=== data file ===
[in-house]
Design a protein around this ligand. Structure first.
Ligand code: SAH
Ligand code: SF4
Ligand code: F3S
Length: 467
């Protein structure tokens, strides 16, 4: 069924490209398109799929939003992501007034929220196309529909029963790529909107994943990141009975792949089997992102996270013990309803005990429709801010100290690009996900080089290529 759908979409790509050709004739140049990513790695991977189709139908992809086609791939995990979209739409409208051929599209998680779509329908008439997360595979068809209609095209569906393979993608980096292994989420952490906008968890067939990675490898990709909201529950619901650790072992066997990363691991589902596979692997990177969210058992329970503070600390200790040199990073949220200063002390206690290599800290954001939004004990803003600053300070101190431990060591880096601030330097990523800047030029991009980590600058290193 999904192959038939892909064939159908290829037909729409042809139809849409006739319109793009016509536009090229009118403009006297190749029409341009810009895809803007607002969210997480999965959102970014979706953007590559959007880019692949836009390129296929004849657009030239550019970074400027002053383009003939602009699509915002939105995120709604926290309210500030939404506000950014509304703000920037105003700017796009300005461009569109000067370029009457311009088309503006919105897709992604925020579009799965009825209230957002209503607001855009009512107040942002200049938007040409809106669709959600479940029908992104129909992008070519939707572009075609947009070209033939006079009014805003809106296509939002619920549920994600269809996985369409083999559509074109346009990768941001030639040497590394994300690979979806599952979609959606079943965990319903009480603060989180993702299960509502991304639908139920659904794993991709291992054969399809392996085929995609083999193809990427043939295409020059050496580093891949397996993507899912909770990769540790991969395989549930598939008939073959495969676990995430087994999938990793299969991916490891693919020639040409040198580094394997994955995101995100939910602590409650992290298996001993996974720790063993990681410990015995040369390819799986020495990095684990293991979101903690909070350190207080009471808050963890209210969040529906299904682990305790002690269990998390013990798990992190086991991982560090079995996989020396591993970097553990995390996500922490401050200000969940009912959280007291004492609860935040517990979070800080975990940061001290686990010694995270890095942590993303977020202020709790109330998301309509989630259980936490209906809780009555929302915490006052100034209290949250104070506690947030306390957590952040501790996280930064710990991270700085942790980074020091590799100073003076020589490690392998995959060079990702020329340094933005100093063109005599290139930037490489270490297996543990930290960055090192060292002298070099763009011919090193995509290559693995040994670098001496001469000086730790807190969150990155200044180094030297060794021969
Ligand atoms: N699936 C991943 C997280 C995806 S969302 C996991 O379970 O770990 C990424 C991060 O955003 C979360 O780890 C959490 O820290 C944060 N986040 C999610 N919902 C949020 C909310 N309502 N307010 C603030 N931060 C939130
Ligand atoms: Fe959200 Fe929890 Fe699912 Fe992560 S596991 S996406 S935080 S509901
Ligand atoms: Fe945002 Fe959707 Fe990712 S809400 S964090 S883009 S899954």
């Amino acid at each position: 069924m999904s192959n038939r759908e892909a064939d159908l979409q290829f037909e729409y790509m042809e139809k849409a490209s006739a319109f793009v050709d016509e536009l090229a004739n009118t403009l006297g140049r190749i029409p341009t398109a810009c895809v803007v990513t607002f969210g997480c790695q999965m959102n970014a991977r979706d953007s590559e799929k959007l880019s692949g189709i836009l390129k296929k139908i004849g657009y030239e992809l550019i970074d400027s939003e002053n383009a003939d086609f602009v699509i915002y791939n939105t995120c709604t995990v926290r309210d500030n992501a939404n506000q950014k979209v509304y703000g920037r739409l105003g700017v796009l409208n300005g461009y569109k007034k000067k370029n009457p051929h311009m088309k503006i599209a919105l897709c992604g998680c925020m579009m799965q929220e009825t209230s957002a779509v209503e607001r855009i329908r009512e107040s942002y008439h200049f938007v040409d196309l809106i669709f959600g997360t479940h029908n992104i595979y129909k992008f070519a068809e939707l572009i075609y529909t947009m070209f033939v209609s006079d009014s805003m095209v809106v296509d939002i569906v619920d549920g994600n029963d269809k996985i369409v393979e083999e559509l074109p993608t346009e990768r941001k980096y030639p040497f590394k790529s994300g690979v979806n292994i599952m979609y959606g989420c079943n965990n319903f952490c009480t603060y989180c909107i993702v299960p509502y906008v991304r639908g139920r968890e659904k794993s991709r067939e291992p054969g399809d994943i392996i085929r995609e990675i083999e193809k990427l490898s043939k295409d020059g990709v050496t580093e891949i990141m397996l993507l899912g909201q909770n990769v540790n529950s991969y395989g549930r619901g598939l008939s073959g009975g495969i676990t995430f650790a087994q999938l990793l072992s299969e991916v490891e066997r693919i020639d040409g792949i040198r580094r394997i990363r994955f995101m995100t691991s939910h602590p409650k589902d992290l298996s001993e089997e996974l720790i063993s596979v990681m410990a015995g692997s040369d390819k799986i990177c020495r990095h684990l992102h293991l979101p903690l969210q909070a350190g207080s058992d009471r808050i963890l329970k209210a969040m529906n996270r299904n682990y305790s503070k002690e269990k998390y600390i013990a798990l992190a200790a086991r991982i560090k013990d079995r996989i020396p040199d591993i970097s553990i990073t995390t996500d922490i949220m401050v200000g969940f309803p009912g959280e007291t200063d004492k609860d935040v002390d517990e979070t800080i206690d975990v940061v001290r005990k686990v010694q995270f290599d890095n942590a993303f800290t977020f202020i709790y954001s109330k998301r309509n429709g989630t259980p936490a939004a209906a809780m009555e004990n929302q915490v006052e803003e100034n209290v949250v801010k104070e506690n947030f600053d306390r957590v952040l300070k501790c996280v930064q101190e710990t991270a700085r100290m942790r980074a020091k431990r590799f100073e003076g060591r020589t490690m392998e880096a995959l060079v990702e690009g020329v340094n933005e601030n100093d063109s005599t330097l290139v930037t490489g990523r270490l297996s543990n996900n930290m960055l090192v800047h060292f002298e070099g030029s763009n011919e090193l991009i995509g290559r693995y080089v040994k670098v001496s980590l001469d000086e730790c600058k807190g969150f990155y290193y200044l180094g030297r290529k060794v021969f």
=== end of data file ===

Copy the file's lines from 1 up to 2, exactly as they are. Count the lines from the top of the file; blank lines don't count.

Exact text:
[in-house]
Design a protein around this ligand. Structure first.